Weekly Briefing No. 169 | Fintech Unicorns Gallop to London, Banks’ Digital Sale Fail, and More

photo-1508710985089-e985fabbb184.jpg

Welcome to The FR. Hope you enjoy our new spring colors.

In this edition:

  • London Attracts Fintech Unicorns

  • Why Banks Fail at Digital Sales

  • Future of the Cashless Society

  • Minimum Wage and Megabanks

  • Aussies, AI, and Regulatory Compliance

London as the New Fintech Unicorn Hub

London is one of our favorite cities — you simply can’t beat a freshly poured Samuel Smith’s at the Chandos upstairs opera room, among many other delights. And it seems the fintech world is coming to the same conclusions.

A report that was just released finds that London is now home to the second-most fintech “unicorns” (yes, that word again) in the world, behind only San Francisco. Of the world’s 29 fintech unicorns — which the report defines as private companies valued at more than $1 billion — nine are in San Francisco, while seven are located in London.

Indeed, the report further notes that in 2018, job creation within the fintech space increased by 61% — making it the fastest growing sector in the London economy. The city also tops all others in Europe in terms of venture capital funding for fintechs — with 39% of all European VC money going to London-based firms.

Of course, much of this sustained success depends on the outcome of the seemingly never-ending Brexit negotiations. A so-called “soft exit” would likely not impact London’s fintech sector much. On the other hand, the “hard exit” option could have greater ramifications.

Why Can’t Banks Sell Things Digitally?

Virtually anything today can be purchased with the tap of a digital button on a smartphone. Groceries, pet food, toilet paper, stocks, cars and even therapy sessions are among the myriad items you can buy at the click of an app. Yet, how many financial institutions allow a consumer to apply for and receive, say, a small business loan entirely through digital means? The answer is very few.

A great paradox of today’s banking industry is that despite the massive leap forward in tech innovation, most banks still have trouble selling digital services to customers. According to research from technology firm Temenos, banks are meeting “only the basic requirements of digital account opening for personal banking,” and even less than that for business banking. Overall, the global poll of 60 large and mid-sized banks found that only around 50% of the accounts they offer could be opened entirely on a mobile device. That number is surely much lower when it comes to smaller regional and community banks.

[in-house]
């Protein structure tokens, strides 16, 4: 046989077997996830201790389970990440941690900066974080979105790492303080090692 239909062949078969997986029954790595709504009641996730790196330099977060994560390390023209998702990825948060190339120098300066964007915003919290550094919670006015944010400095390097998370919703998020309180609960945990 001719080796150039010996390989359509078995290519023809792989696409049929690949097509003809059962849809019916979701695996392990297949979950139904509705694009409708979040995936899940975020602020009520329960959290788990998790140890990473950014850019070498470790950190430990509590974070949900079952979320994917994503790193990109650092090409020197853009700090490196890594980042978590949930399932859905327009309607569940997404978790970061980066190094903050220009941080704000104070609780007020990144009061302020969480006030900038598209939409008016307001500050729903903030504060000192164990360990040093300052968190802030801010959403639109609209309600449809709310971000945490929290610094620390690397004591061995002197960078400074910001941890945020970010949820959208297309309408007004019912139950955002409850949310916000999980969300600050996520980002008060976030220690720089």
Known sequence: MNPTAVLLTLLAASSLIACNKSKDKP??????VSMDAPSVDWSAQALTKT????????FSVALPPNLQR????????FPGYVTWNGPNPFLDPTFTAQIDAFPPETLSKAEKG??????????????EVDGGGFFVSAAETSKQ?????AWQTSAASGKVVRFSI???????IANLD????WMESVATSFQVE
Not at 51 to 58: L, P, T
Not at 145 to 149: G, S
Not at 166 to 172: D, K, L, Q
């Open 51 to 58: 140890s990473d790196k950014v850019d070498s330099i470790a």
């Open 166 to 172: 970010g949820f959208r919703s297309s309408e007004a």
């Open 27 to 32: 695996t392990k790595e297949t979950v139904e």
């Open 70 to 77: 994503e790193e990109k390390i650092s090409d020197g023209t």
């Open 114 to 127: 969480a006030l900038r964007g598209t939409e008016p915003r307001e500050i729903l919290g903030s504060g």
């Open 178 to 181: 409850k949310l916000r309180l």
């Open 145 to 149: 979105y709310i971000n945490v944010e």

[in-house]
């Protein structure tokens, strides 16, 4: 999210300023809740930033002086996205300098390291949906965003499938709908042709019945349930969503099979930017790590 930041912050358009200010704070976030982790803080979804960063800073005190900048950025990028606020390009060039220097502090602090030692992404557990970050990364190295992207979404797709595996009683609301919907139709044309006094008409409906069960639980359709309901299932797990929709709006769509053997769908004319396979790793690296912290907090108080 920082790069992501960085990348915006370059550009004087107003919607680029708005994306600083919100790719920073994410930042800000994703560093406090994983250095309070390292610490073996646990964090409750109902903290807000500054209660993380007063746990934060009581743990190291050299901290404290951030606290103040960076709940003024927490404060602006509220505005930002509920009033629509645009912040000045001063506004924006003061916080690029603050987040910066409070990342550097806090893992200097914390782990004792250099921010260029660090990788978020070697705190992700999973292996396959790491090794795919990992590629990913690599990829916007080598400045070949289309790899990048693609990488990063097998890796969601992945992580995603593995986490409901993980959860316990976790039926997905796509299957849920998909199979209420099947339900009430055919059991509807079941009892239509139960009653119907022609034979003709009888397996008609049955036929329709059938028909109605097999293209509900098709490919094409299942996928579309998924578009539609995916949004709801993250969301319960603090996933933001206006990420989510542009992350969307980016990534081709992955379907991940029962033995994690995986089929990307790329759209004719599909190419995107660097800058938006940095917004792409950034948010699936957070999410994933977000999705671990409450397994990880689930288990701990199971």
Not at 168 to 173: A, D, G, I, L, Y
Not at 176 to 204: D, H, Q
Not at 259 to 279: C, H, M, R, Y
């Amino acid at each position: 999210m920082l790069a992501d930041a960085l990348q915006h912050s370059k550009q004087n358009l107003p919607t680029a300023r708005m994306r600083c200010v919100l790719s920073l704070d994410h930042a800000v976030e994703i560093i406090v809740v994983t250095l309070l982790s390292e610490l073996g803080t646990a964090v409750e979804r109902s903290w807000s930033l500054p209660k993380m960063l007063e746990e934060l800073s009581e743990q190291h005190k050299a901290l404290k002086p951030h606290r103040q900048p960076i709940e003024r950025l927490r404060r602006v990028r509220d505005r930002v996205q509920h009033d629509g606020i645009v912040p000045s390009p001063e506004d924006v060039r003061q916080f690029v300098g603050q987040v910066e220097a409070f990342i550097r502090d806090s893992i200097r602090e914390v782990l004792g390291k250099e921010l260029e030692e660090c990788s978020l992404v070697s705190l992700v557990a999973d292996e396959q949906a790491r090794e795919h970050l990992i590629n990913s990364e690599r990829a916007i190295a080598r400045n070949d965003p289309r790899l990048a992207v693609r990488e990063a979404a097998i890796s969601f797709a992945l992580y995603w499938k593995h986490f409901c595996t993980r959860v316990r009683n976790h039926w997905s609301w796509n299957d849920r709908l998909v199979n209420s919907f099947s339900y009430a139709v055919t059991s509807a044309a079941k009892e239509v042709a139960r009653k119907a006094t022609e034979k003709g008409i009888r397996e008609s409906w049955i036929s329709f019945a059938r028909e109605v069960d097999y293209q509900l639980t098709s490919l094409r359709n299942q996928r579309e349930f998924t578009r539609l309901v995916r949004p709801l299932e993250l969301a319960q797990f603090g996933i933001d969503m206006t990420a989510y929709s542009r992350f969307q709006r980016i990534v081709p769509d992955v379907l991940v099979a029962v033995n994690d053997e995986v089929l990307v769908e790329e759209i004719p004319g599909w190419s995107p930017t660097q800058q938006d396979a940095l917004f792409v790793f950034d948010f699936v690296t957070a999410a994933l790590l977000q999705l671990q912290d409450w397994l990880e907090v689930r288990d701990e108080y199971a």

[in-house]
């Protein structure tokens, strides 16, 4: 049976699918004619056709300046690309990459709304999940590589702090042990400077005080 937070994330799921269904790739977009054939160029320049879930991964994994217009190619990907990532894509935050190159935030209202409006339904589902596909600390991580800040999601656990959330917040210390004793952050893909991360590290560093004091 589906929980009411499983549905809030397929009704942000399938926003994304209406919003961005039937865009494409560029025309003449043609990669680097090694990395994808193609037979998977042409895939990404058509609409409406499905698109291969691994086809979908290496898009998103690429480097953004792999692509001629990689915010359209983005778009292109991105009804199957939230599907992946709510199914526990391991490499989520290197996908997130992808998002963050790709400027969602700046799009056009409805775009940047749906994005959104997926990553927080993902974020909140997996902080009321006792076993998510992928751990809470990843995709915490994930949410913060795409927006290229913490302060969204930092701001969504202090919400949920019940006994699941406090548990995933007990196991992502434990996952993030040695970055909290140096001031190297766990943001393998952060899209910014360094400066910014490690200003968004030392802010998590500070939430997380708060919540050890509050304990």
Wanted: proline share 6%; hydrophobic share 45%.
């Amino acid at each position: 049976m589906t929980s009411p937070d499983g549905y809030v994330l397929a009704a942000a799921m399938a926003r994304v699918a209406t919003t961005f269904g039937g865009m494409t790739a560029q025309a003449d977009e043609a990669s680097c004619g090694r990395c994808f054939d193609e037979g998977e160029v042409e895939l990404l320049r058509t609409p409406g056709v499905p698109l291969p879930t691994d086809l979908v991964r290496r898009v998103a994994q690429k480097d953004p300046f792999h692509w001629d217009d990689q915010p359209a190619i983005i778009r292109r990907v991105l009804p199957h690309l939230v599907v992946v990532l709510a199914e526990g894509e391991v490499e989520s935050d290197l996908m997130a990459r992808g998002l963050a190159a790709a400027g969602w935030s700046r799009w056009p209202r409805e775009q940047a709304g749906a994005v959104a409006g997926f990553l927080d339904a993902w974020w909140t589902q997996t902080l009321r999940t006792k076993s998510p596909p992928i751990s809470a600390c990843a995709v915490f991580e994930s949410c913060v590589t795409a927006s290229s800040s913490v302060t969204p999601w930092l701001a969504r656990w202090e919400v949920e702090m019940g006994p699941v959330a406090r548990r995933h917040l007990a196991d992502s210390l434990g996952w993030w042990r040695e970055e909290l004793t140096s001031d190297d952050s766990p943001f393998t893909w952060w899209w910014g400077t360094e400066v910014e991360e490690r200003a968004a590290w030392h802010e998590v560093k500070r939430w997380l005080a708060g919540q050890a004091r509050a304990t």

Some of this is regulatory-driven for sure — selling someone a loan or a money market account is different and more complex than selling them toilet paper. But still, the reality is that banks that can offer robust digital sales services can be well ahead of the curve and gain a competitive advantage going forward.

Pumping the Brakes on the Cashless Society

The rise of mobile and digital payments has led to some nations around the world becoming nearly cashless. The benefits to eliminating cash from an economy exist; these include getting rid of the time and cost spent handling and storing cash, as well as making it far harder for criminals to launder money.

However, as we have previously argued, there are also great downsides to a cashless society: namely that it would disproportionately affect the unbanked, elderly, and disabled. Apparently, Amazon agrees with that notion as well, as it announced it will start accepting cash at the currently cashless AmazonGo, in an effort to address “discrimination and elitism,” according to a company memo. Some states and municipalities have already begun to pass laws banning stores from being cashless, so perhaps Amazon is also getting ahead of the regulatory game.

Though digital payments are quick and convenient, not everyone can use them; and giving consumers more choices instead of fewer is always generally the better path to trod.

Banks Get in on the Minimum Wage Debate

The minimum wage — and what it should or shouldn’t be — continues to be a topic of passionate debate in America. And while there are reasonable economic arguments on both sides as to how, and to what extent, government should get involved in setting minimum wage rates, some businesses have taken action of their own volition.

For example, Bank of America announced this week that it would seek to raise minimum wages to $20 per hour by 2021; other big banks like JPMorgan Chase have also raised the minimum wage for some employees to between $15 and $18 per hour. Given the generally negative views the banking industry has among the public, a cynic might say these moves are more for PR optics than anything else, what with big banks testifying before Congress this week. But JPMorgan Chase CEO Jamie Dimon has said that in his firm’s case, the raises are due to the generally more stable nature of the financial industry these days. Let’s hope he’s right.

AI Inches Further into Regulatory Use

Aussie regulators recently dipped a cautious toe into using artificial intelligence for regulatory purposes — specifically using natural language processing technology to detect when financial institutions are engaged in possible misconduct. The technology will scrutinize promotional material and advertisements, among other things, to see if they contain falsities or if they breach any rules. While much of the talk around AI in financial services that grabs headlines tends to be around consumer-facing applications such as chatbots and personal assistants, we believe both financial firms and regulators will use it more for the purpose of ensuring and monitoring compliance.

Quote of the Week

“Venture-backed startups with billion dollar market caps are called 'unicorns' because they are supposed to be rare mythical creatures that few entrepreneurs will ever ride.”

—Jay Samit